About Open Access
Dynamic interaction of NtMAP65-1a with microtubules in vivo
Lookup NU author(s)
Dr Hsin Yu Chang
Chang H-Y, Smertenko AP, Igarashi H, Dixon DP, Hussey PJ
Journal of Cell Science
Full text for this publication is not currently held within this repository. Alternative links are provided below where available.
Plant microtubules are intrinsically more dynamic than those from animals. We know little about the dynamics of the interaction of plant microtubule-associated proteins (MAPs) with microtubules. Here, we have used tobacco and Arabidopsis MAPs with relative molecular mass 65 kDa (NtMAP65-1a and AtMAP65-1), to study their interaction with microtubules in vivo. Using fluorescence recovery after photobleaching we report that the turnover of both NtMAP65-1a and AtMAP65-1 bound to microtubules is four- to fivefold faster than microtubule treadmilling (13 seconds compared with 56 seconds, respectively) and that the replacement of NtMAP65-1a on microtubules is by random association rather than by translocation along microtubules. MAP65 will only bind polymerised microtubules and not its component tubulin dimers. The turnover of NtMAP65-1a and AtMAP65-1 on microtubules is similar in the interphase cortical array, the preprophase band and the phragmoplast, strongly suggesting that their role in these arrays is the same. NtMAP65-1a and AtMAP65-1 are not observed to bind microtubules in the metaphase spindle and their rate of recovery is consistent with their cytoplasmic localisation. In addition, the dramatic reappearance of NtMAP65-1a on microtubules at the spindle midzone in anaphase B suggests that NtMAP65-1a is controlled post-translationally. We conclude that the dynamic properties of these MAPs in vivo taken together with the fact that they have been shown not to effect microtubule polymerisation in vitro, makes them ideally suited to a role in crossbridging microtubules that need to retain spatial organisation in rapidly reorganising microtubule arrays.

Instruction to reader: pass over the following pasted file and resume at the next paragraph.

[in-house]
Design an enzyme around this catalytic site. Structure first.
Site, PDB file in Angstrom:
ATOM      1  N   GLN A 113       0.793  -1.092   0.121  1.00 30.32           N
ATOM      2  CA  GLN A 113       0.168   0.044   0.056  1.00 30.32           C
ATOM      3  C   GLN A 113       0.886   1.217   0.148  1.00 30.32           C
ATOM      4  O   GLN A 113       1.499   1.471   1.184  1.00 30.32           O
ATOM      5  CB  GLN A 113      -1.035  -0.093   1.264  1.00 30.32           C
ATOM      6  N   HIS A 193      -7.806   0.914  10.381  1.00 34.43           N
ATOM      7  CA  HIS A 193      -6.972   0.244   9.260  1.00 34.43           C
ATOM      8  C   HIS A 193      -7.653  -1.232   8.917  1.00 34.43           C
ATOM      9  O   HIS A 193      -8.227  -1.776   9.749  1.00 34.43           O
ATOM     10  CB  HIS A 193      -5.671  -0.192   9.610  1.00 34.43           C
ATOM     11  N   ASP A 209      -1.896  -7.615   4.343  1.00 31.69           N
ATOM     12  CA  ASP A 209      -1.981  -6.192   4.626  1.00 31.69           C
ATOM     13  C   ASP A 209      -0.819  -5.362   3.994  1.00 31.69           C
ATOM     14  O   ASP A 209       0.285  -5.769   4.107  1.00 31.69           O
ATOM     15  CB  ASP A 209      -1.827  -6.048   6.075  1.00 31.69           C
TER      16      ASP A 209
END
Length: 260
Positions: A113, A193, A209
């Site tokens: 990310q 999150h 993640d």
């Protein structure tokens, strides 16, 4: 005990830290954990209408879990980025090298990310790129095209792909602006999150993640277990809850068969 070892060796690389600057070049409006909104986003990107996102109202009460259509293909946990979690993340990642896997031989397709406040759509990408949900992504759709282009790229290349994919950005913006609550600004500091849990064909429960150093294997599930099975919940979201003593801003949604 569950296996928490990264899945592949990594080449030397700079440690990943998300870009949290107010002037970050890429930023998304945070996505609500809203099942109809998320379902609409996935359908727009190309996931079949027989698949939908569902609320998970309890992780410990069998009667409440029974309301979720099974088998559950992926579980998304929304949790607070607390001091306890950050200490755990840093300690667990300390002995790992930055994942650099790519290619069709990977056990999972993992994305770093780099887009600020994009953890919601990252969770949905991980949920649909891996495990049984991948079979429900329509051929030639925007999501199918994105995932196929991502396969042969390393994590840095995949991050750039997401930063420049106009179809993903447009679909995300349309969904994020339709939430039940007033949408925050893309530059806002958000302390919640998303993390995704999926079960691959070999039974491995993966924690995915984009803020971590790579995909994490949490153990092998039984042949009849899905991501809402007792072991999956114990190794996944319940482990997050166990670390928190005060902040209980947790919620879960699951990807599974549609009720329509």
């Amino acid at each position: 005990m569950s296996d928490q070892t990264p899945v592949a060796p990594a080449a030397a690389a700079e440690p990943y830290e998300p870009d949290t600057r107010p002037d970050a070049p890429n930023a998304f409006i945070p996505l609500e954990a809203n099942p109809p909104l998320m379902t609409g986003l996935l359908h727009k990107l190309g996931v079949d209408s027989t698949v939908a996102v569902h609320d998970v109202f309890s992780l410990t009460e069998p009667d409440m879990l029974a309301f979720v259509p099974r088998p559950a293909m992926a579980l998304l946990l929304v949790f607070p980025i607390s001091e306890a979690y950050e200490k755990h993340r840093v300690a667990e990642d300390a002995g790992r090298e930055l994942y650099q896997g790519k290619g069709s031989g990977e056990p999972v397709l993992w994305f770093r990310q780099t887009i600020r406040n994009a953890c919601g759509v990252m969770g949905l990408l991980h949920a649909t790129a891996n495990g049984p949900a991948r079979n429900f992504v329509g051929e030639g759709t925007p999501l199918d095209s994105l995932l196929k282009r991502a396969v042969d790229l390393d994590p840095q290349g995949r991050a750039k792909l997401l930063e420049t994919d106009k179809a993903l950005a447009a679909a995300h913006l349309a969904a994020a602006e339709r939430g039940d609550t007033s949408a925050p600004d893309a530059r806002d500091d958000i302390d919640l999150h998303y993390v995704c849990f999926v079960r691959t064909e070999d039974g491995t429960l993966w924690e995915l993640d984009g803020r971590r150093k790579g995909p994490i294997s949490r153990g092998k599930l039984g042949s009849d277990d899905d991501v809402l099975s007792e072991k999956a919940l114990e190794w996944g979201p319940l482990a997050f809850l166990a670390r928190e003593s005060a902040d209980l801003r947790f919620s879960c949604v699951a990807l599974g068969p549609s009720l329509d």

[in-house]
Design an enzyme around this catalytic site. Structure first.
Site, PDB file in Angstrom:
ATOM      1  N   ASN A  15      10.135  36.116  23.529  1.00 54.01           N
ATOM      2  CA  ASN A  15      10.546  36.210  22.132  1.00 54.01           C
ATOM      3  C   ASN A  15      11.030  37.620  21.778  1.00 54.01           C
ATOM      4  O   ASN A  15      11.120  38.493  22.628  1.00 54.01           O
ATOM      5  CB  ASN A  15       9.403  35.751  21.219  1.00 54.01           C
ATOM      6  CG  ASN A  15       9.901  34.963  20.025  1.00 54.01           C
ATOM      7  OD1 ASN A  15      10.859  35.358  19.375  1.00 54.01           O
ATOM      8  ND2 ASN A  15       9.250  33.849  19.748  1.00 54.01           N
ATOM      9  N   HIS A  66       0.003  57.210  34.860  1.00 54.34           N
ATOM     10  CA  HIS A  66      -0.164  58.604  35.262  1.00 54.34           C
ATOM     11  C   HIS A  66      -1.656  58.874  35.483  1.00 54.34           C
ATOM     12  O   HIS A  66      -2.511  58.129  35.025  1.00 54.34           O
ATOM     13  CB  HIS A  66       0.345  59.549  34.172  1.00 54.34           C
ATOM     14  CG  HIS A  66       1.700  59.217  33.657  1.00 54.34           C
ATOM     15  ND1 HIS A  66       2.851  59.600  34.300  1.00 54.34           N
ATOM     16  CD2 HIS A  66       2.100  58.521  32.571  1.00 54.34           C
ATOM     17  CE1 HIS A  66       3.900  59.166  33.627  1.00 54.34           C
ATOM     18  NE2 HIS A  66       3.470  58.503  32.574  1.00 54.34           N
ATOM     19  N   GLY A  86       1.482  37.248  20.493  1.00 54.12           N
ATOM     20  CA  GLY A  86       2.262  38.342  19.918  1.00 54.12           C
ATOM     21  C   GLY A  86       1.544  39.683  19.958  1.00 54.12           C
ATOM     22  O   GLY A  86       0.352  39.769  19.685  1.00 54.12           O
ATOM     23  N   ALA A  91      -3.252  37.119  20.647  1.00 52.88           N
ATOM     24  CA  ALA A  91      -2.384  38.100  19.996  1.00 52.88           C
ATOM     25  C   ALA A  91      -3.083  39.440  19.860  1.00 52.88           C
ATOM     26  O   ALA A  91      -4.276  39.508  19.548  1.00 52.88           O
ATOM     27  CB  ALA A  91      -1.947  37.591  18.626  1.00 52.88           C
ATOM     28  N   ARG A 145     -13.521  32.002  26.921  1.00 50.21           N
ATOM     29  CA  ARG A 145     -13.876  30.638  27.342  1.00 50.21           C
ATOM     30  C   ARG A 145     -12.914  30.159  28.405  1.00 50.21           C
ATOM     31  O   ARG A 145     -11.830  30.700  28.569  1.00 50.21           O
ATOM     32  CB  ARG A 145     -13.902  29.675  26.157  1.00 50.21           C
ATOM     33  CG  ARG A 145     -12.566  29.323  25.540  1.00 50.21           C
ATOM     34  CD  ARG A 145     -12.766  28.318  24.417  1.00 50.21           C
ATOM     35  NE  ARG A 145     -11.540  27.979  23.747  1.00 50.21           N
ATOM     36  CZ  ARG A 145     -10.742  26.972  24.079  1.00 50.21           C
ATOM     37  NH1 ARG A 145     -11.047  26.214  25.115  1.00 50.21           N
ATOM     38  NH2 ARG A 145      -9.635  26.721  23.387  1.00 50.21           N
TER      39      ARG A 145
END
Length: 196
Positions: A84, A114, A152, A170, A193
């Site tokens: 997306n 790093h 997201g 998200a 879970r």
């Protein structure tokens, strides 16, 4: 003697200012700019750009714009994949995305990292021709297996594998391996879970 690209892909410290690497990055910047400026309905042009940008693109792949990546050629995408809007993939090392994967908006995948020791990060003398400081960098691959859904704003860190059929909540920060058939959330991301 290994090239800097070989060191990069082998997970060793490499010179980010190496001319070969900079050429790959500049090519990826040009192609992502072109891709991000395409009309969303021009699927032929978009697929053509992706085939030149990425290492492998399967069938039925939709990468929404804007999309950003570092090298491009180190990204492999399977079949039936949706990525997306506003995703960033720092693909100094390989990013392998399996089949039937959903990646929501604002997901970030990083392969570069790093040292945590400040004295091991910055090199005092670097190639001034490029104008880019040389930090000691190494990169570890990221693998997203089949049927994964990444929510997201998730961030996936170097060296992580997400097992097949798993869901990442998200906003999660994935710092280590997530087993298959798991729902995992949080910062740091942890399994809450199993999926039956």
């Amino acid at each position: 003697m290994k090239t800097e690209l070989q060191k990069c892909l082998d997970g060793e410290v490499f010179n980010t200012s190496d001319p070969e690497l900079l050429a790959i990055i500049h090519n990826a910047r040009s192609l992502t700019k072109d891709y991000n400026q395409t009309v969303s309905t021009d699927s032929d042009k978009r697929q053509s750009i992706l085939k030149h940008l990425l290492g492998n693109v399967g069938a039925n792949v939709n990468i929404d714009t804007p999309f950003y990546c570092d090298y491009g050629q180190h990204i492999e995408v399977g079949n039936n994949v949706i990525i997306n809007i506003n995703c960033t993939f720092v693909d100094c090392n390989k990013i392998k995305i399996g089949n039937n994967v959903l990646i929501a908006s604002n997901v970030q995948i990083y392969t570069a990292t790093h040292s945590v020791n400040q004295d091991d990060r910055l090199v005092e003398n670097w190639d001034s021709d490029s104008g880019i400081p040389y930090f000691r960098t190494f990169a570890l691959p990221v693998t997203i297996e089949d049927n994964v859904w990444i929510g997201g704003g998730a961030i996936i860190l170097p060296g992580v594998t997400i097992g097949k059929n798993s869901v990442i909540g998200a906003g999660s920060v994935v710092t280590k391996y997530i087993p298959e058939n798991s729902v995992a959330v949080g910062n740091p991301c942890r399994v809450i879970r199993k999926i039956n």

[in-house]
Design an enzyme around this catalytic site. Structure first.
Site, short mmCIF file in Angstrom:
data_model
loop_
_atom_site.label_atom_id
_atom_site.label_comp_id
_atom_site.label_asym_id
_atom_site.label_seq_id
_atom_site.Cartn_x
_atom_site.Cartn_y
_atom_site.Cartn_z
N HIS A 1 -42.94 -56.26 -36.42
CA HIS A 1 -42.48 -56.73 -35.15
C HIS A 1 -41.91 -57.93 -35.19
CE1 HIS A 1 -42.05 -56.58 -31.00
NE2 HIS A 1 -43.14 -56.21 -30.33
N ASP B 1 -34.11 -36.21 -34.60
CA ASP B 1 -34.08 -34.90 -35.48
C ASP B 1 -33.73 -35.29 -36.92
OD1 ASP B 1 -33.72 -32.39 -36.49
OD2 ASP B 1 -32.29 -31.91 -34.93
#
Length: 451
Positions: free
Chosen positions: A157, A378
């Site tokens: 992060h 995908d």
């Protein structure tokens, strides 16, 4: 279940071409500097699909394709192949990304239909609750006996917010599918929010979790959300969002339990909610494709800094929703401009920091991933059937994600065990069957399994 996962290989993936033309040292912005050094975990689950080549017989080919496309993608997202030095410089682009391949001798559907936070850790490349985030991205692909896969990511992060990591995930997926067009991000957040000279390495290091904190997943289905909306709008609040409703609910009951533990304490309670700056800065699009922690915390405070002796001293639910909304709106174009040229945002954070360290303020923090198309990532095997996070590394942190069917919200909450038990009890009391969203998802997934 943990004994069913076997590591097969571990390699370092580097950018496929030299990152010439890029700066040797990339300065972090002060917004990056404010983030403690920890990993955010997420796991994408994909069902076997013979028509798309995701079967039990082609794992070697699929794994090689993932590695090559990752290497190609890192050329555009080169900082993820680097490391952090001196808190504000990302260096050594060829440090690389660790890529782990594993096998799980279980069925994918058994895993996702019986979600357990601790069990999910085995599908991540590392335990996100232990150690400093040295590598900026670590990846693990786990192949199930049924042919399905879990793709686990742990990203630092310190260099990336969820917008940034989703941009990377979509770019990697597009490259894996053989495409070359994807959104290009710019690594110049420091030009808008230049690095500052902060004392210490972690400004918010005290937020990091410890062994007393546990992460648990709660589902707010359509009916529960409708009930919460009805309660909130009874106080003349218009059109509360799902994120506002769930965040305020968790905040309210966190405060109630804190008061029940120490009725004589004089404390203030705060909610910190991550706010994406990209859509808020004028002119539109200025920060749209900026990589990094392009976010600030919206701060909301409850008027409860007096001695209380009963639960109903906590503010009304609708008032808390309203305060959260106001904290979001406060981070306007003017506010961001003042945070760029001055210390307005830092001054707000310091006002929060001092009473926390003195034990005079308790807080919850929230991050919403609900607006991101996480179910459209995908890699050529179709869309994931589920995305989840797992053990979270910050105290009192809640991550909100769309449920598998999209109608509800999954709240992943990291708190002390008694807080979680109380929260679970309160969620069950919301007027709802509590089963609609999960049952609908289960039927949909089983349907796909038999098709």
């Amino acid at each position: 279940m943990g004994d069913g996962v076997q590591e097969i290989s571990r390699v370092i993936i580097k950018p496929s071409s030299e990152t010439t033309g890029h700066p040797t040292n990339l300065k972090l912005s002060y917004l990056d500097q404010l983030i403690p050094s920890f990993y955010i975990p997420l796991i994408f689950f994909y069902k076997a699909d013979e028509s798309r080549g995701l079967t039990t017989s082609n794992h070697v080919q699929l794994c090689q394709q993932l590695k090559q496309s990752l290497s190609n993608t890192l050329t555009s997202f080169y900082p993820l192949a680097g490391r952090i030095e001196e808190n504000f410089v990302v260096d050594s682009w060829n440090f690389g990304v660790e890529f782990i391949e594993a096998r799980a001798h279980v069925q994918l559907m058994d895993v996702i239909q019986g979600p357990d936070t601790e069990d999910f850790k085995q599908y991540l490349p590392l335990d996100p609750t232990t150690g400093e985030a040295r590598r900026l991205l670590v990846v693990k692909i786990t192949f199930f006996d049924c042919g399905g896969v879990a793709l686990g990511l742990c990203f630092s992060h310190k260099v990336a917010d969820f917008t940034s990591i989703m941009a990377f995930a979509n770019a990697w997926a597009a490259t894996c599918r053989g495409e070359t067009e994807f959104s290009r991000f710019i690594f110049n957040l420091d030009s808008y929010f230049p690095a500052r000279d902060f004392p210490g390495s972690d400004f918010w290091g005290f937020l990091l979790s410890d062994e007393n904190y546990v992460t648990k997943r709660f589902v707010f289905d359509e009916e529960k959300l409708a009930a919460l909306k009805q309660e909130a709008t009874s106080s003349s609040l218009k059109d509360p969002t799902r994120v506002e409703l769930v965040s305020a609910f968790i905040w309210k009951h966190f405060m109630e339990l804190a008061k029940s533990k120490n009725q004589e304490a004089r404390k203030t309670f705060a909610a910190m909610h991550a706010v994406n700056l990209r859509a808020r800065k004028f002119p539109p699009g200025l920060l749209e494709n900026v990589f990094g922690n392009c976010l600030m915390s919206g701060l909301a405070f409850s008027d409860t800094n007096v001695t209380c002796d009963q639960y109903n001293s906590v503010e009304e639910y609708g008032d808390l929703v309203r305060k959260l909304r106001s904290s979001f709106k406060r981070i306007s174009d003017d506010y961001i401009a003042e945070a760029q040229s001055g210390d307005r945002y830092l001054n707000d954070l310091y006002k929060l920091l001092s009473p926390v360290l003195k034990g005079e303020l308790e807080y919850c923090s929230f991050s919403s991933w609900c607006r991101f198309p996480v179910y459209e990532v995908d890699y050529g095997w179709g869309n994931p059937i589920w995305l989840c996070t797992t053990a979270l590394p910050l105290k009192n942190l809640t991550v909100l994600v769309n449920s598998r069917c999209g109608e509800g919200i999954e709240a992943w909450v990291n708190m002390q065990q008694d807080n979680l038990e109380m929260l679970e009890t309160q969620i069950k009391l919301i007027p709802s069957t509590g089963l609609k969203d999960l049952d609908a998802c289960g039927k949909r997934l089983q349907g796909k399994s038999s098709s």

The Company of Biologists Ltd.
Altmetrics provided by
Newcastle University Library, NE2 4HQ, United Kingdom. Tel: 0044 (191) 222 7657
©2017 Newcastle University Library